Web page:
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Science. 2020 Feb 21;367(6480):870-874. doi: 10.1126/science.aaw2601.

Vertebrate diapause preserves organisms long term through Polycomb complex members.

Author information

1
Department of Genetics, Stanford University, Stanford, CA 94305, USA.
2
Stowers Institute for Medical Research, Kansas City, MO 64110, USA.
3
Howard Hughes Medical Institute, Stowers Institute for Medical Research, Kansas City, MO 64110, USA.
4
Department of Medical Genetics, Life Sciences Institute, The University of British Columbia, Vancouver, British Columbia V6T 1Z3, Canada.
5
Graduate Program of Genetics, Department of Genetics, Stanford University, Stanford, CA 94305, USA.
6
Department of Genetics, Stanford University, Stanford, CA 94305, USA. abrunet1@stanford.edu.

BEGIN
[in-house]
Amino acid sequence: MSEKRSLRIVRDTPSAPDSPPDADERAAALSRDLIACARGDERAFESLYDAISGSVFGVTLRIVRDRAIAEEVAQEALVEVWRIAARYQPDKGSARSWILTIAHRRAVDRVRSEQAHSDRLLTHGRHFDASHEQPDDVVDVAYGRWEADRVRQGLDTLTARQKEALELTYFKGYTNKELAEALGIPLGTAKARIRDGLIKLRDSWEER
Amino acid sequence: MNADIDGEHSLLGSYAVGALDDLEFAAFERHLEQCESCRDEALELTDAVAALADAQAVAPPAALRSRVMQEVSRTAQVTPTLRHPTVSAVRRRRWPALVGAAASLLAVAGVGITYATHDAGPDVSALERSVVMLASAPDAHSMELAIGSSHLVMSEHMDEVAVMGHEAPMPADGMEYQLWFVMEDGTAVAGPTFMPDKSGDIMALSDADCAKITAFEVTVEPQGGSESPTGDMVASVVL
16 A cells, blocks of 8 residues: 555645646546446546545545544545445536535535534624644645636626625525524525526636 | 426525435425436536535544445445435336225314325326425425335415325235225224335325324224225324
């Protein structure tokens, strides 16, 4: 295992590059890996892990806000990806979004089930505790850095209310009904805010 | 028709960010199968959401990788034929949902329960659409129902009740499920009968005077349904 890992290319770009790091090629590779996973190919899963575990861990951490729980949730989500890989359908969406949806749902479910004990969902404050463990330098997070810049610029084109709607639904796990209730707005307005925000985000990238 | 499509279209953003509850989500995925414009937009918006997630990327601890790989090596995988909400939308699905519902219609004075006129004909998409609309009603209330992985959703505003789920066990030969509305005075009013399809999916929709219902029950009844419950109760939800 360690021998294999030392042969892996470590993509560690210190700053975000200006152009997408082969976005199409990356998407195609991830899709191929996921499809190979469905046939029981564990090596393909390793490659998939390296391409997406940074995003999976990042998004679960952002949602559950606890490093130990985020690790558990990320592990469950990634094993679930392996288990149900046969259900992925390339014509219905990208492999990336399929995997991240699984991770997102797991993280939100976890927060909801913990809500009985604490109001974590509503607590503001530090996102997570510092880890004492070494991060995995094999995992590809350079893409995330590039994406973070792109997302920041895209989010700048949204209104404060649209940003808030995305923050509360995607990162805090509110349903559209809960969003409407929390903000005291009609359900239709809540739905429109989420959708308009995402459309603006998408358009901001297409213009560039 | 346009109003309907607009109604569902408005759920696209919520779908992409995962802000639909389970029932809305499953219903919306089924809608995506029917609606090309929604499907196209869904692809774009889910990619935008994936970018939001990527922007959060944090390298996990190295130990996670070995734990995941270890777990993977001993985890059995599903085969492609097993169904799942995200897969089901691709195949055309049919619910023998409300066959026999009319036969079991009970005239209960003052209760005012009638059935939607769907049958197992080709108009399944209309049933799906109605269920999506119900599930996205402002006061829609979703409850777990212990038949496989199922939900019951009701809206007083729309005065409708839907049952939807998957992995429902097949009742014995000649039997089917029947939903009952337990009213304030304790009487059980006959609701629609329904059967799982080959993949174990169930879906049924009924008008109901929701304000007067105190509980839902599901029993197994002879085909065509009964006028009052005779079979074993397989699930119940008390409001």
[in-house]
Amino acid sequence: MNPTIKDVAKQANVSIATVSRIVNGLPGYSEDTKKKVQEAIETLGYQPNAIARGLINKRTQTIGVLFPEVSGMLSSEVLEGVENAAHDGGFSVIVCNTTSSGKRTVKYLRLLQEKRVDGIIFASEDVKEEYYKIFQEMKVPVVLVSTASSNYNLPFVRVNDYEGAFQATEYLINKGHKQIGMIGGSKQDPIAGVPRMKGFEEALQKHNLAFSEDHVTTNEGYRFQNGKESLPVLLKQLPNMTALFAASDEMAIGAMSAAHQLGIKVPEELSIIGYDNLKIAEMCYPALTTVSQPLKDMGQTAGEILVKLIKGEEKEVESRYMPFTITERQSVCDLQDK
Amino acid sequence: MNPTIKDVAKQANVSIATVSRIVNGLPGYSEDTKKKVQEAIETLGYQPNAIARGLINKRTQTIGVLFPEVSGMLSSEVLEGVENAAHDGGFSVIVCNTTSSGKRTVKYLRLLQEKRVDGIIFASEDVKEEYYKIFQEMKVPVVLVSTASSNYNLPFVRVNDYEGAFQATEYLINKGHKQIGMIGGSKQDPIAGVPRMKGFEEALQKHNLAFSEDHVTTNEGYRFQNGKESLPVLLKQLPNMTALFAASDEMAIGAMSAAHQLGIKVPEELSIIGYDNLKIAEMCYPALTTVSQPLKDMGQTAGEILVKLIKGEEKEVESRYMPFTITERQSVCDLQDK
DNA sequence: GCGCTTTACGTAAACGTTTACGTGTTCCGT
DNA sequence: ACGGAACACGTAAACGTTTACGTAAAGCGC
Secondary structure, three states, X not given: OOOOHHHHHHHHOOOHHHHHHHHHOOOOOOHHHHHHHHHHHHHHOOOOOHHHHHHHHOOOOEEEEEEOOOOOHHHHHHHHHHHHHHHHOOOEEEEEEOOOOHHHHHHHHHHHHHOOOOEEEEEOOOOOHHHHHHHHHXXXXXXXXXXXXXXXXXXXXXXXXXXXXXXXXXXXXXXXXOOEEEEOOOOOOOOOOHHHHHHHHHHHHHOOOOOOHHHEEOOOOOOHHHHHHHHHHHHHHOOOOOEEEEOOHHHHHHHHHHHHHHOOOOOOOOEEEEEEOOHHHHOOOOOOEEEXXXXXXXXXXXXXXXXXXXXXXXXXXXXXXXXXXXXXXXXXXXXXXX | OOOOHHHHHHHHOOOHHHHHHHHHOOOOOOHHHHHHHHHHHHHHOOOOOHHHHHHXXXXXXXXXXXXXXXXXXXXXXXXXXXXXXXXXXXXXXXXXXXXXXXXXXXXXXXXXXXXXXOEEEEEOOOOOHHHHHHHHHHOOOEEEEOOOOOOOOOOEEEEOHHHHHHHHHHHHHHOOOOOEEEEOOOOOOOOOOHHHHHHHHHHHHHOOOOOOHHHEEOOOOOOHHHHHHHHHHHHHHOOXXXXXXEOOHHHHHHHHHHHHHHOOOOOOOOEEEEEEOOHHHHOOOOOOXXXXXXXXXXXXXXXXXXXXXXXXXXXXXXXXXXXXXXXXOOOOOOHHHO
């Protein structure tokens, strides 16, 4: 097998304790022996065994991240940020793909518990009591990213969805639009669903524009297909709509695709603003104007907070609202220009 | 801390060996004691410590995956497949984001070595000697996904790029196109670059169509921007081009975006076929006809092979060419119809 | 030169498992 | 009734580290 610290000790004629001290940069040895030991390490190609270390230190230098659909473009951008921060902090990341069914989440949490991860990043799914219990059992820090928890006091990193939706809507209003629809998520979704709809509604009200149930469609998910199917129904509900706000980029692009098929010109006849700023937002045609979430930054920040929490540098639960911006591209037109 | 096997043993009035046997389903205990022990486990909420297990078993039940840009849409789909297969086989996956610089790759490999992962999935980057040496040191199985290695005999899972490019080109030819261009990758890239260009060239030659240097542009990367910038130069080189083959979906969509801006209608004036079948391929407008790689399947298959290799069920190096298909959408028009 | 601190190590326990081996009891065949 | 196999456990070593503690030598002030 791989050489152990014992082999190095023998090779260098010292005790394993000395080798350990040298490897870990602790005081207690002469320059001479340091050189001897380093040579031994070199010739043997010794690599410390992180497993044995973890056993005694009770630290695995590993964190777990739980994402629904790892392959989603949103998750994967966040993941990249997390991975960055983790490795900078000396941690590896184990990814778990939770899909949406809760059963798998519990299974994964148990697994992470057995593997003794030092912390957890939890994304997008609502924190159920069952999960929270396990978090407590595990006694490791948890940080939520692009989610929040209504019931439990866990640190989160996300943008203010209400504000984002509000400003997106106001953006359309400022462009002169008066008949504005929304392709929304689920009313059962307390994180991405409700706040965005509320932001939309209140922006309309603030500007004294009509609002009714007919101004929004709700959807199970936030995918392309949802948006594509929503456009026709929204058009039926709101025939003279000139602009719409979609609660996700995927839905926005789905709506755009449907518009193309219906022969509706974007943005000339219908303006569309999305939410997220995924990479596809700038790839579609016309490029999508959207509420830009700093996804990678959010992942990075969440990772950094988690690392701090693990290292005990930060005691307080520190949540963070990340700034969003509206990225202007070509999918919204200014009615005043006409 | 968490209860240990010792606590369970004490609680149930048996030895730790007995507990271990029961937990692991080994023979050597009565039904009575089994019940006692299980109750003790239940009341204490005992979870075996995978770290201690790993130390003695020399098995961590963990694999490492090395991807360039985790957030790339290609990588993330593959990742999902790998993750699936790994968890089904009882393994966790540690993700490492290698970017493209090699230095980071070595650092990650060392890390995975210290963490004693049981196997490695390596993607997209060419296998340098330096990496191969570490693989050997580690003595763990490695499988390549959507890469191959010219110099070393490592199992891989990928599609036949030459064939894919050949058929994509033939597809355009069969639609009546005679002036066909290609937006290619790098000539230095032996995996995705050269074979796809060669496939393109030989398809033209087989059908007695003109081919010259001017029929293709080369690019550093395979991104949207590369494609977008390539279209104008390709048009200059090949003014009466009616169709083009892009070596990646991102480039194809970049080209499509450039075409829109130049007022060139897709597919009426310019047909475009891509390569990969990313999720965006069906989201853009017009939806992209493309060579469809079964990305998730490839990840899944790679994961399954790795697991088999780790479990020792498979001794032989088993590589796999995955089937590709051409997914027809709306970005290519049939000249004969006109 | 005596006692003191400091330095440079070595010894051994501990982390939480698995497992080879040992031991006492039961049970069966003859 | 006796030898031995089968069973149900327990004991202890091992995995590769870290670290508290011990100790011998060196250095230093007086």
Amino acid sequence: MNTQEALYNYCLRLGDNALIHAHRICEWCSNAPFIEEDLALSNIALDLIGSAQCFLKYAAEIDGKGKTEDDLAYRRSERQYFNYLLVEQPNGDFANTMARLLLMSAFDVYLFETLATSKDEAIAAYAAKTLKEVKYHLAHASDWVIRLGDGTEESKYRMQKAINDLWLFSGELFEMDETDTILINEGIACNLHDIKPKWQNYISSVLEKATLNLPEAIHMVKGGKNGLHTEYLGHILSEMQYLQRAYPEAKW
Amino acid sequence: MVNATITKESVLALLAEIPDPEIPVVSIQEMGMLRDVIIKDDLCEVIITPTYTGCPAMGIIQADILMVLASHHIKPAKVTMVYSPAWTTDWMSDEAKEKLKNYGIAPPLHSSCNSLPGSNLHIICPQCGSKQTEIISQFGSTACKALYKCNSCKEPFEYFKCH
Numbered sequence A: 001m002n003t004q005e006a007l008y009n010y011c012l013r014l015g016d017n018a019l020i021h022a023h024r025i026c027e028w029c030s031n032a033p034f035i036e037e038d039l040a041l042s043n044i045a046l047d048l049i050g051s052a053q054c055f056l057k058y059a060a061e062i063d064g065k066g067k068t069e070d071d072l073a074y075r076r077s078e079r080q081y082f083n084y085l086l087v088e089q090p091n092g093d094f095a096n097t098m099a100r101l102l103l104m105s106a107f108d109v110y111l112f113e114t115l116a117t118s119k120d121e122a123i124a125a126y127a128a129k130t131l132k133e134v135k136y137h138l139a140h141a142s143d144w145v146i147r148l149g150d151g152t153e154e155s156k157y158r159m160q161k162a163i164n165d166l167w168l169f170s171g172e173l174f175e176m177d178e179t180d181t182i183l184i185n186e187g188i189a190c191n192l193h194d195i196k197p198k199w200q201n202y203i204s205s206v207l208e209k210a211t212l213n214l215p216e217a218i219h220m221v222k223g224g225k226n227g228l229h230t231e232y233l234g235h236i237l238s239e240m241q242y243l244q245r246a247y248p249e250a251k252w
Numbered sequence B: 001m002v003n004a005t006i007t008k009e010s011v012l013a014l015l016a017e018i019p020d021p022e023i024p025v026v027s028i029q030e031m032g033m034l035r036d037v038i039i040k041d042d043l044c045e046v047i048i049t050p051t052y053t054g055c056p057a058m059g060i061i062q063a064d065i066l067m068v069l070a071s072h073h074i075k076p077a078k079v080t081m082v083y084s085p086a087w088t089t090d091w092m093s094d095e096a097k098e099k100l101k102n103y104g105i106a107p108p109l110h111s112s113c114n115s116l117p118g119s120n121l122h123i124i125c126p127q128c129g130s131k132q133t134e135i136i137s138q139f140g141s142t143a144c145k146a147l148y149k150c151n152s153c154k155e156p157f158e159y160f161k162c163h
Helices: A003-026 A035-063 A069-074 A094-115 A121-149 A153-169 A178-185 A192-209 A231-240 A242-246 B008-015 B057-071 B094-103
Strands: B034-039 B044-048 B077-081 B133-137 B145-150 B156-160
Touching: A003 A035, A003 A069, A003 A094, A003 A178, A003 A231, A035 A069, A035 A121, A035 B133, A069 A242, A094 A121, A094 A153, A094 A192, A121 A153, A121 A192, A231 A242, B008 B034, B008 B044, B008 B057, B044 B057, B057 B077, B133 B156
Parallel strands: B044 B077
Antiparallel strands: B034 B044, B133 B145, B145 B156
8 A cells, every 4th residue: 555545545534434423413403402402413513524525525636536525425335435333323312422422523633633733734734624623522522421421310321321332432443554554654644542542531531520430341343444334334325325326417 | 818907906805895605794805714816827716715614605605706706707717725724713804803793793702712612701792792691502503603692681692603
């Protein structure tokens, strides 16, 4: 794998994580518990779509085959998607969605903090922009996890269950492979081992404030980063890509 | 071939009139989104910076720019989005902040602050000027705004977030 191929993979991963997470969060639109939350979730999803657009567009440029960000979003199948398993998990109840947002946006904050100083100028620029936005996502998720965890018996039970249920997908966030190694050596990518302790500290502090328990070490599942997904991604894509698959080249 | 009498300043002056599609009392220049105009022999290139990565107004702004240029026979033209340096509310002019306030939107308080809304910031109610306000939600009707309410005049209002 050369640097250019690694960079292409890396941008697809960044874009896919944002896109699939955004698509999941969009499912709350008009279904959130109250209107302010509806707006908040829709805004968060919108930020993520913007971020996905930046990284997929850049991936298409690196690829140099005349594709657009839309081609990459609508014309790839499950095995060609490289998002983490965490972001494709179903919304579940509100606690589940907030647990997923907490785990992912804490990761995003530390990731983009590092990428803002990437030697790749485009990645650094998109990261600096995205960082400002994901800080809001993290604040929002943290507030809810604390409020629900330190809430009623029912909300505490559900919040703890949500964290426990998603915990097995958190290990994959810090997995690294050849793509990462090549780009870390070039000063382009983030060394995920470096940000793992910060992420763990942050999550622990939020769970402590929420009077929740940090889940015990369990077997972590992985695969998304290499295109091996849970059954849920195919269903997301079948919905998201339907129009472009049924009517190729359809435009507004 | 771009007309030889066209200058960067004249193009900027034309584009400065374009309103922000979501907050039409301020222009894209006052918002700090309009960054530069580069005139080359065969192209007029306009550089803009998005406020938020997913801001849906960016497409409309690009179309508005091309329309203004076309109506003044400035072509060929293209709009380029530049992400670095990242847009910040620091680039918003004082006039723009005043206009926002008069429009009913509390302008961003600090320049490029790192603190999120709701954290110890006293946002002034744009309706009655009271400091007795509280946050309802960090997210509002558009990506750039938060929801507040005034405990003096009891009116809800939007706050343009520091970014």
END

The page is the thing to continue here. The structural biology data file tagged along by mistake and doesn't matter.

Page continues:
7
Glenn Laboratories for the Biology of Aging, Stanford University, Stanford, CA 94305, USA.
#
Contributed equally

Abstract

Diapause is a state of suspended development that helps organisms survive extreme environments. How diapause protects living organisms is largely unknown. Using the African turquoise killifish (Nothobranchius furzeri), we show that diapause preserves complex organisms for extremely long periods of time without trade-offs for subsequent adult growth, fertility, and life span. Transcriptome analyses indicate that diapause is an active state, with dynamic regulation of metabolism and organ development genes. The most up-regulated genes in diapause include Polycomb complex members. The chromatin mark regulated by Polycomb, H3K27me3, is maintained at key developmental genes in diapause, and the Polycomb member CBX7 mediates repression of metabolism and muscle genes in diapause. CBX7 is functionally required for muscle preservation and diapause maintenance. Thus, vertebrate diapause is a state of suspended life that is actively maintained by specific chromatin regulators, and this has implications for long-term organism preservation.

Comment in

PMID:
32079766
DOI:
10.1126/science.aaw2601

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